Critical VMware vCenter Server Vulnerability Under Active Exploitation

The critical VMware vCenter Server vulnerability CVE-2021-21985 is being actively exploited in the wild. There have been several successful exploits of the 9.8/10 severity vulnerability and at least one reliable exploit for the flaw is now in the public domain.

VMware issued an advisory about the flaw in the last week in May and urged users to patch promptly to avoid exploitation. The flaw is now being exploited by at least one threat actor to install a web shell on unpatched machines.

The flaw affects vCenter Servers that with the default configuration, which can be reached on an Internet exposed port. An unauthenticated attacker can remotely exploit the flaw to achieve code execution. One exploit in the public domain has been confirmed as reliable and can be tweaked and used malicious purposes.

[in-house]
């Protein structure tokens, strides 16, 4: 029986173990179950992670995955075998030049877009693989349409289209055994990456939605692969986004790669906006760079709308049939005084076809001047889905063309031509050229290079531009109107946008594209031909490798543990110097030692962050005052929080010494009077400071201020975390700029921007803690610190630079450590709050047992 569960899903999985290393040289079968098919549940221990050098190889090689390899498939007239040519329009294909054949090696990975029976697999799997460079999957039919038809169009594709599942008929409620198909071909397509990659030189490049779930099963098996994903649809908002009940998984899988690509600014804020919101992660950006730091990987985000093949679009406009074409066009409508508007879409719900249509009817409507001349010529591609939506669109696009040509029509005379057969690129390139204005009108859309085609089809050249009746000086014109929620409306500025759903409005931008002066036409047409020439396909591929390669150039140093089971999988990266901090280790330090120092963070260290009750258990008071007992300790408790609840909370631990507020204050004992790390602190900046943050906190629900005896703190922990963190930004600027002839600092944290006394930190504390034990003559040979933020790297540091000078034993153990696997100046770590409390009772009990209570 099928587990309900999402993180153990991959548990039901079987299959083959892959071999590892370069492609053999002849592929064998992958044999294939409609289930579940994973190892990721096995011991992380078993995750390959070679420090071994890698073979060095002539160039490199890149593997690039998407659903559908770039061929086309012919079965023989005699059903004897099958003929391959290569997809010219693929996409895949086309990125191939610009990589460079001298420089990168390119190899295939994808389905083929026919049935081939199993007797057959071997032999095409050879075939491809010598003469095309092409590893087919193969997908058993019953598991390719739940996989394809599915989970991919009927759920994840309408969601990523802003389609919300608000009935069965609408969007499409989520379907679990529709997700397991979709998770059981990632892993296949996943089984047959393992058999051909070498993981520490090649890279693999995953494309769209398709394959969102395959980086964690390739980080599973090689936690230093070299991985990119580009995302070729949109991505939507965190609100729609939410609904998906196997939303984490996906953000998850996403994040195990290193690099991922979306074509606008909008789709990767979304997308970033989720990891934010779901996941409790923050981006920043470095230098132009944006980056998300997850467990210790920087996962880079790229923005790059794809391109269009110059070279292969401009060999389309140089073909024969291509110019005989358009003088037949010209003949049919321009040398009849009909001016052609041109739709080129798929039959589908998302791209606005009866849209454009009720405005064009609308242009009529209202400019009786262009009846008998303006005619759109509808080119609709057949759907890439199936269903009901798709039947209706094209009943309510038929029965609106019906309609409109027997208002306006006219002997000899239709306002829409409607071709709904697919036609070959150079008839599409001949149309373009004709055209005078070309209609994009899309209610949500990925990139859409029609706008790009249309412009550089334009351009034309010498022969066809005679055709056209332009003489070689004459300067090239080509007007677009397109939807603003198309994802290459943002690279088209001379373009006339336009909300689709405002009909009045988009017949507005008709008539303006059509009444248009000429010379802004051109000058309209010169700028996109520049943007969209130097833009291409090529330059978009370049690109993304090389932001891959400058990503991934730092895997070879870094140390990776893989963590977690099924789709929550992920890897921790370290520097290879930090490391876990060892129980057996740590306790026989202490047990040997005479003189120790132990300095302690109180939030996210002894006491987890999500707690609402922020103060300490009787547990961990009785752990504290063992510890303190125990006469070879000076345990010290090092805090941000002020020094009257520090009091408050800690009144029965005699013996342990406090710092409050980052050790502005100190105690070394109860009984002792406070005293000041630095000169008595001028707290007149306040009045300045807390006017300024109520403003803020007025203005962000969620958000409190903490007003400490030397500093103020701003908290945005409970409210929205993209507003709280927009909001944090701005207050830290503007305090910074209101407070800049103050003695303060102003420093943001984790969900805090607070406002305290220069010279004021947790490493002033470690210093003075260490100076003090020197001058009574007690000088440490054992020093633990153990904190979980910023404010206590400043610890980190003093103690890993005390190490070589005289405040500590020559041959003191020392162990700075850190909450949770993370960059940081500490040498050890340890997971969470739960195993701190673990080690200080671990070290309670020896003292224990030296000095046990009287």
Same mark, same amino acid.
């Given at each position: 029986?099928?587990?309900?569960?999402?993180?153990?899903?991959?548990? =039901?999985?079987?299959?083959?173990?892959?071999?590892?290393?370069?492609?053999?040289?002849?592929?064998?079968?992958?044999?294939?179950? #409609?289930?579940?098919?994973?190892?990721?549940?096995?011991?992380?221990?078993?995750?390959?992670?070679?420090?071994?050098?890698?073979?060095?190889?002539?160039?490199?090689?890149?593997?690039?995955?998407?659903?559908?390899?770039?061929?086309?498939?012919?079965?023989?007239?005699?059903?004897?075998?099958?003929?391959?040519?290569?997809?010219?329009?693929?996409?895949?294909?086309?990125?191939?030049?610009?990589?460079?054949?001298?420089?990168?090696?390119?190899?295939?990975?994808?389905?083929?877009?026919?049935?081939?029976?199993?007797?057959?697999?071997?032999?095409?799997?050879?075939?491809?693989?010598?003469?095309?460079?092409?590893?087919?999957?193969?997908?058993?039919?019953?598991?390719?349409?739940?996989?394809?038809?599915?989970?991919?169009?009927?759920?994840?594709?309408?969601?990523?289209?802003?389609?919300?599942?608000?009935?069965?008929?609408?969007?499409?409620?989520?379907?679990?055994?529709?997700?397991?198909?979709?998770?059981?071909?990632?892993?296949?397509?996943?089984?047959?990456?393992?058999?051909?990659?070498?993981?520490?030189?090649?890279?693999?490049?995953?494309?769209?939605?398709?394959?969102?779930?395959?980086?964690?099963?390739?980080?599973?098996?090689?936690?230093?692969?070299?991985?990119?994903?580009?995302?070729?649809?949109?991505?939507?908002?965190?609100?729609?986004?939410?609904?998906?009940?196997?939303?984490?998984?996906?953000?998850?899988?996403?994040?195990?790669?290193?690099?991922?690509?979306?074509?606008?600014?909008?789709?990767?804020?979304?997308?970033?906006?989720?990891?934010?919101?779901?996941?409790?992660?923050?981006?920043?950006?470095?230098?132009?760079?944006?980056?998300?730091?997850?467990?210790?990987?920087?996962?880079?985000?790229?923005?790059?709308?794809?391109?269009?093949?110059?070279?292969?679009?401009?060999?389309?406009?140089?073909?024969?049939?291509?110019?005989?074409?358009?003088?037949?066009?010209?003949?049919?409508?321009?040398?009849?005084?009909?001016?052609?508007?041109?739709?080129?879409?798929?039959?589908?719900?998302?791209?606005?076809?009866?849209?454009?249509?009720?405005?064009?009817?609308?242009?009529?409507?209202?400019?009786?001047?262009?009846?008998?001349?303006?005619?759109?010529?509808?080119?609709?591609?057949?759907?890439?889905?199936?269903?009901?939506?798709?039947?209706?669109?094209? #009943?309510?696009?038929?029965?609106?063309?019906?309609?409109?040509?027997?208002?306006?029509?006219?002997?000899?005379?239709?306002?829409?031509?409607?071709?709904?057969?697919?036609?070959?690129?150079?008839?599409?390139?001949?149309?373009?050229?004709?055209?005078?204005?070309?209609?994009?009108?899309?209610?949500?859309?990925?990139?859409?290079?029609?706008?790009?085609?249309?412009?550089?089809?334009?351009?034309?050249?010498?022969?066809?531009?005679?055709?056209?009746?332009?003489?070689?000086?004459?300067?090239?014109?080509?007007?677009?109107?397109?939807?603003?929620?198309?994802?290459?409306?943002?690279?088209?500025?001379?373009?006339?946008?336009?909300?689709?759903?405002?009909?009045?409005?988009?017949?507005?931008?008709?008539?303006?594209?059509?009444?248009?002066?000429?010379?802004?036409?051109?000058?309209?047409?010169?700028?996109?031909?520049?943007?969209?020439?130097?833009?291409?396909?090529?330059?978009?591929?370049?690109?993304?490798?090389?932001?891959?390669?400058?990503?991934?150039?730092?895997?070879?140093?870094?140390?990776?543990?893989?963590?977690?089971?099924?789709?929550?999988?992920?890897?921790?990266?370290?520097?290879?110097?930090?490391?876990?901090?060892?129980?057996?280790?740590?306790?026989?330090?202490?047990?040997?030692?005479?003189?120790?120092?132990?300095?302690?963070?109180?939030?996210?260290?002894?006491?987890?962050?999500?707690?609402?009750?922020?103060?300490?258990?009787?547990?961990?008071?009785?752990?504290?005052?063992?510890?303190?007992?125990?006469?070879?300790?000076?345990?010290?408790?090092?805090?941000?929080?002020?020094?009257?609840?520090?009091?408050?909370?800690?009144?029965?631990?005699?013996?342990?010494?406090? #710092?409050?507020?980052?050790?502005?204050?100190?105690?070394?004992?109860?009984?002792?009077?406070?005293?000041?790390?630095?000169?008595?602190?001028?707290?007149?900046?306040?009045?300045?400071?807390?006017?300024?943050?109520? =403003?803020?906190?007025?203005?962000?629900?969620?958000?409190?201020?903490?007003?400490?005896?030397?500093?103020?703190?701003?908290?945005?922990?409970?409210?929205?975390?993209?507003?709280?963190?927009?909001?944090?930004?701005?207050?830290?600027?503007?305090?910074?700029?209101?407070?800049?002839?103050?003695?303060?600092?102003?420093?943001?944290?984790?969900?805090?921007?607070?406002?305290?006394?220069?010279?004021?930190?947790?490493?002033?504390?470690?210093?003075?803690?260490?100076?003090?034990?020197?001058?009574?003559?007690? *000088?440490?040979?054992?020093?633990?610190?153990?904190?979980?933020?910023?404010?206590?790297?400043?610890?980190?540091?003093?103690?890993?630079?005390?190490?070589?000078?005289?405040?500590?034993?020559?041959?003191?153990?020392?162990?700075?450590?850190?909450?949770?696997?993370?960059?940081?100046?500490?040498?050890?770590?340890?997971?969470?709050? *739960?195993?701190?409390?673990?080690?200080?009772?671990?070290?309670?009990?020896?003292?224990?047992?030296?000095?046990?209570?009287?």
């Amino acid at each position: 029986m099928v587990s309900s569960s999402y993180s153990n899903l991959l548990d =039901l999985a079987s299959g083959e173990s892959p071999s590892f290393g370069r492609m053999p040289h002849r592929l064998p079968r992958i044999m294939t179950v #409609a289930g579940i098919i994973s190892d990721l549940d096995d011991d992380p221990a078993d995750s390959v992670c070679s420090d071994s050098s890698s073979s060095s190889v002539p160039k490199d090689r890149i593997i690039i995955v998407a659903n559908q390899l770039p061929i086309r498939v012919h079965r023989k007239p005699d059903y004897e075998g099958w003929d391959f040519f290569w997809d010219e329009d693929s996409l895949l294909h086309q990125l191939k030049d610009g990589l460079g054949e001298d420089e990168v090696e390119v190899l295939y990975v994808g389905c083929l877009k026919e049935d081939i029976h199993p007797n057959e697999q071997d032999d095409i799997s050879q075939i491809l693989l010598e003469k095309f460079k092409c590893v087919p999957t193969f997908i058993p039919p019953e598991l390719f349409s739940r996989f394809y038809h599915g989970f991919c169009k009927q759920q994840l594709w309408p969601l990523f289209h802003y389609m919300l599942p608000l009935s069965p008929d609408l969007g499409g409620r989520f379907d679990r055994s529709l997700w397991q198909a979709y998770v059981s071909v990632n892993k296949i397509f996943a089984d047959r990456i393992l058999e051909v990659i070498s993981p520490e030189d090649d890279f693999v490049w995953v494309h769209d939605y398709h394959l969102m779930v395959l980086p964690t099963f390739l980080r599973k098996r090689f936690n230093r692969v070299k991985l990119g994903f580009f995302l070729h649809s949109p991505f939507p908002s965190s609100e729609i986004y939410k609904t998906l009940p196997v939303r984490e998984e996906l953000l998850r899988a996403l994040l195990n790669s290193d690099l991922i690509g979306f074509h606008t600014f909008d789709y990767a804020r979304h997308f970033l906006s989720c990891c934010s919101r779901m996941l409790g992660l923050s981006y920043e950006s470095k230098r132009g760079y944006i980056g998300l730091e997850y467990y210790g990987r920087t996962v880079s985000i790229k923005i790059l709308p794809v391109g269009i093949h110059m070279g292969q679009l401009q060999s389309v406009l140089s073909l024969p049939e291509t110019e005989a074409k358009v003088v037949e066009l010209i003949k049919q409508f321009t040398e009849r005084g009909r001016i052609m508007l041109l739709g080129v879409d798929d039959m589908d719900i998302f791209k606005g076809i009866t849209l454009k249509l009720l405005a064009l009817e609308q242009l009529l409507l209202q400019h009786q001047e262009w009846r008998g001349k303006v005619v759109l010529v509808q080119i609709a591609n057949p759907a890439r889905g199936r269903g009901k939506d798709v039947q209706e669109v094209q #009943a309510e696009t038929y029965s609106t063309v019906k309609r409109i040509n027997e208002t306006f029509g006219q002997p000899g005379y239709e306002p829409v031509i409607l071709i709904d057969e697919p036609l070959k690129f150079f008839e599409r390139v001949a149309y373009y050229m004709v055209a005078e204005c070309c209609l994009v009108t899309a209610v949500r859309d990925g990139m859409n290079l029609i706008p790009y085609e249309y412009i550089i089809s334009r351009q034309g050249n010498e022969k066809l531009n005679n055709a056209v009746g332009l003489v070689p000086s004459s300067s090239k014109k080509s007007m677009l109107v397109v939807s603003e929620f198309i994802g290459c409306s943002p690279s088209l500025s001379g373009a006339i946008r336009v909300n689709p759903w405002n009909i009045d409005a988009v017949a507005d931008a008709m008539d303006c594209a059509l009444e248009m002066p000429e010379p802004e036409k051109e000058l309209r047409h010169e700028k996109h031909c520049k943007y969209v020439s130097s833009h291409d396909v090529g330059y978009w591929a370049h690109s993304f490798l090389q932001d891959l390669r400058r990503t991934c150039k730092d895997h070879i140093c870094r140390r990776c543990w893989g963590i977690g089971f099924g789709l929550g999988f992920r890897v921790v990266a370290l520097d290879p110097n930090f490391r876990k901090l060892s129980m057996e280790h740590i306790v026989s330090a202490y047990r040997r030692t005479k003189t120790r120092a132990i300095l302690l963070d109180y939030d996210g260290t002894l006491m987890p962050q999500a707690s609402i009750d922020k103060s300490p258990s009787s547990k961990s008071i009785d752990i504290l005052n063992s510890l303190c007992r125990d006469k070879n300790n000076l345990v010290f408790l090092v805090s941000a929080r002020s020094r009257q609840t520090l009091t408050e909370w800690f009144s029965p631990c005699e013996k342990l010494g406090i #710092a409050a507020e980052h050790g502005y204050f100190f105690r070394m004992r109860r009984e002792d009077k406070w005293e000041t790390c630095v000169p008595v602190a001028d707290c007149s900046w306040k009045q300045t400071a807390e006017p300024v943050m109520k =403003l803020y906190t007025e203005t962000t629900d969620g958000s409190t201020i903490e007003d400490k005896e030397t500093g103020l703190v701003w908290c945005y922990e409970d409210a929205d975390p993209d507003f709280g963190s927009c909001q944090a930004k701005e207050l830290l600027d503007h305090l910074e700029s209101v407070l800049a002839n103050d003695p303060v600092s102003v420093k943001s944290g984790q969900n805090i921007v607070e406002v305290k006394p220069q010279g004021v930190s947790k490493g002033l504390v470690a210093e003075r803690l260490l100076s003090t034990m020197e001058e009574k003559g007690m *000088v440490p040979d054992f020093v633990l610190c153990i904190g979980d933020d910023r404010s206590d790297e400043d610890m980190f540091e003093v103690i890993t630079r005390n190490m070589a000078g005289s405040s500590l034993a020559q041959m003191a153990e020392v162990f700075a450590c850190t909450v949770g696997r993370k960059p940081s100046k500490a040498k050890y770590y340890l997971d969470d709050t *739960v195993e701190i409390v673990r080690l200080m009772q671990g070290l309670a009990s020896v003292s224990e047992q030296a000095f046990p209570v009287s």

On Friday last week, security researcher Kevin Beaumont said one of his honeypots that was set up with an unpatched version of VCenter was scanned by remote systems and the CVE-2021-21985 vulnerability was exploited to deliver a web shell. The web shell would allow a remote attacker to have the same control over the machine as a local administrator. Beaumont was one of several researchers to report their honeypots were being scanned for vulnerable vCenter servers.

VMWare issued a patch to correct the critical vulnerability in VMware vCenter Server and VMware Cloud Foundation on May 25, 2021. The U.S. Cybersecurity and Infrastructure Security Agency issued an advisory on June 4 warning that there was a high likelihood of cyber threat actors attempting to exploit the flaw, explaining that unpatched machines are an attractive target and the flaw would allow then to take full control of vulnerable machines. Once access to a machine has been gained, attackers could easily move laterally to other parts of the network, gain persistence, and deliver malware or ransomware.

Any admin who has yet to patch against CVE-2021-21985 should do so immediately. It is highly likely that the volume of attacks will increase.

Author: Richard Anderson

Richard Anderson is the Editor-in-Chief of